E. M. Forster: Howards End

20. CHAPTER XX (continued)

They greeted one another with a hearty cordiality that impressed Aunt Juley. Henry dined at The Bays, but had engaged a bedroom in the principal hotel; he was one of those men who know the principal hotel by instinct. After dinner he asked Margaret if she wouldn't care for a turn on the Parade. She accepted, and could not repress a little tremor; it would be her first real love scene. But as she put on her hat she burst out laughing. Love was so unlike the article served up in books; the joy, though genuine was different; the mystery an unexpected mystery. For one thing, Mr. Wilcox still seemed a stranger.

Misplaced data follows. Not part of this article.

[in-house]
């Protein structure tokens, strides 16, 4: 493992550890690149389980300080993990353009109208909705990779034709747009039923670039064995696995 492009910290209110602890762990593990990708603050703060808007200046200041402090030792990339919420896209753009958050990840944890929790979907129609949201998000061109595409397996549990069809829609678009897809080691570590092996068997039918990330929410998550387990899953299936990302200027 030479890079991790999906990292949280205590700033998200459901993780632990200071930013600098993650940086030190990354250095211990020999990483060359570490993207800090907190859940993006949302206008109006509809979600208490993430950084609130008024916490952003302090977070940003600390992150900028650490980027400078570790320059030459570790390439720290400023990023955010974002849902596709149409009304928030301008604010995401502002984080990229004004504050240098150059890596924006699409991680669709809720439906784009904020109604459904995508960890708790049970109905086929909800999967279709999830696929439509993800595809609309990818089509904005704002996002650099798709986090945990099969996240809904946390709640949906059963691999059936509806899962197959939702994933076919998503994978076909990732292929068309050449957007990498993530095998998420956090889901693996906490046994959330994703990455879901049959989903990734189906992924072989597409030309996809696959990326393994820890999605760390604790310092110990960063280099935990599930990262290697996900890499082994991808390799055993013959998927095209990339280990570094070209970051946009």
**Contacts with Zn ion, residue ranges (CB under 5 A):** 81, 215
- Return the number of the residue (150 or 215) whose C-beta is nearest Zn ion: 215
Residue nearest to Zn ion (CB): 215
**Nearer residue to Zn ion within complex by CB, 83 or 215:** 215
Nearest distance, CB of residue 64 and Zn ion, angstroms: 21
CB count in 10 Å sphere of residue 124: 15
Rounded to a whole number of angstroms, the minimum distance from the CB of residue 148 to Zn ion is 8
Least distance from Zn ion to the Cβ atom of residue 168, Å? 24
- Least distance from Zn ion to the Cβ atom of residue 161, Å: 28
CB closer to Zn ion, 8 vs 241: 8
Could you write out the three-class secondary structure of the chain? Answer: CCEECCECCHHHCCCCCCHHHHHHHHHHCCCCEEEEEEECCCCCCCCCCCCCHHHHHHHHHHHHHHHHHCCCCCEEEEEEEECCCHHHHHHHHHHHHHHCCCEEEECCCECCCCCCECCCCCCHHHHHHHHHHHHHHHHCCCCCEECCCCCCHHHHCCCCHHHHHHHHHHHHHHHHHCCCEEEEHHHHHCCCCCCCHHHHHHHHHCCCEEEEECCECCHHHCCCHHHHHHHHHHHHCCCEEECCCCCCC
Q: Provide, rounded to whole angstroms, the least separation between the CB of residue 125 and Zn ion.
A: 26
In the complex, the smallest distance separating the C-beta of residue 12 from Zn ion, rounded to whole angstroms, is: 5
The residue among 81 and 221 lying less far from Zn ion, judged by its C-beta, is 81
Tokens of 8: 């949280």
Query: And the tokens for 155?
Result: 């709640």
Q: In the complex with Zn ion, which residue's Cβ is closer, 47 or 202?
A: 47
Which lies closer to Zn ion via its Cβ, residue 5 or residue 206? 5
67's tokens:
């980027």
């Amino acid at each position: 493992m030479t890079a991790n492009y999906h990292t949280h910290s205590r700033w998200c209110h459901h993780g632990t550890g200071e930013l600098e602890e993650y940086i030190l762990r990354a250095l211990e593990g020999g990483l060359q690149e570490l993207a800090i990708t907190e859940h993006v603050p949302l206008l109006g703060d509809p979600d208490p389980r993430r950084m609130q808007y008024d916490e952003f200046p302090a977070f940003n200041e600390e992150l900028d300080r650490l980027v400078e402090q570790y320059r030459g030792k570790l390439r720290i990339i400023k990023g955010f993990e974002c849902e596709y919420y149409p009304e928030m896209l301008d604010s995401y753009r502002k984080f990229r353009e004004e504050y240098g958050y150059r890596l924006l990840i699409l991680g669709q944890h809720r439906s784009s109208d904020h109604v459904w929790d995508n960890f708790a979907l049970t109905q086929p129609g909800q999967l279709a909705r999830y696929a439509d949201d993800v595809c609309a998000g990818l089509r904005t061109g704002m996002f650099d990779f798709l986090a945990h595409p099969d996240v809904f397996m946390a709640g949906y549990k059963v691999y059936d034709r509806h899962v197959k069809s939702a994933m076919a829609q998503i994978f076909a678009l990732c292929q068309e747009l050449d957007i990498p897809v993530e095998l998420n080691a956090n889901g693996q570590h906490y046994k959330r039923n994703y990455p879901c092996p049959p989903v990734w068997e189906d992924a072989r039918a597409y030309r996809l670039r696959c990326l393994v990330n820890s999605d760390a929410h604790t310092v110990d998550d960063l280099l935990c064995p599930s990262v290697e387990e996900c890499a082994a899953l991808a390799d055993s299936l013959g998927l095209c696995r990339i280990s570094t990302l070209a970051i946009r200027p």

For a time they talked about the ring; then she said: "Do you remember the Embankment at Chelsea? It can't be ten days ago."

"Yes," he said, laughing. "And you and your sister were head and ears deep in some Quixotic scheme. Ah well!"

"I little thought then, certainly. Did you?"

"I don't know about that; I shouldn't like to say."

"Why, was it earlier?" she cried. "Did you think of me this way earlier! How extraordinarily interesting, Henry! Tell me."

But Henry had no intention of telling. Perhaps he could not have told, for his mental states became obscure as soon as he had passed through them. He misliked the very word "interesting," connoting it with wasted energy and even with morbidity. Hard facts were enough for him.

"I didn't think of it," she pursued. "No; when you spoke to me in the drawing-room, that was practically the first. It was all so different from what it's supposed to be. On the stage, or in books, a proposal is--how shall I put it?--a full-blown affair, a hind of bouquet; it loses its literal meaning. But in life a proposal really is a proposal--"

"By the way--"

"Oh, very well."

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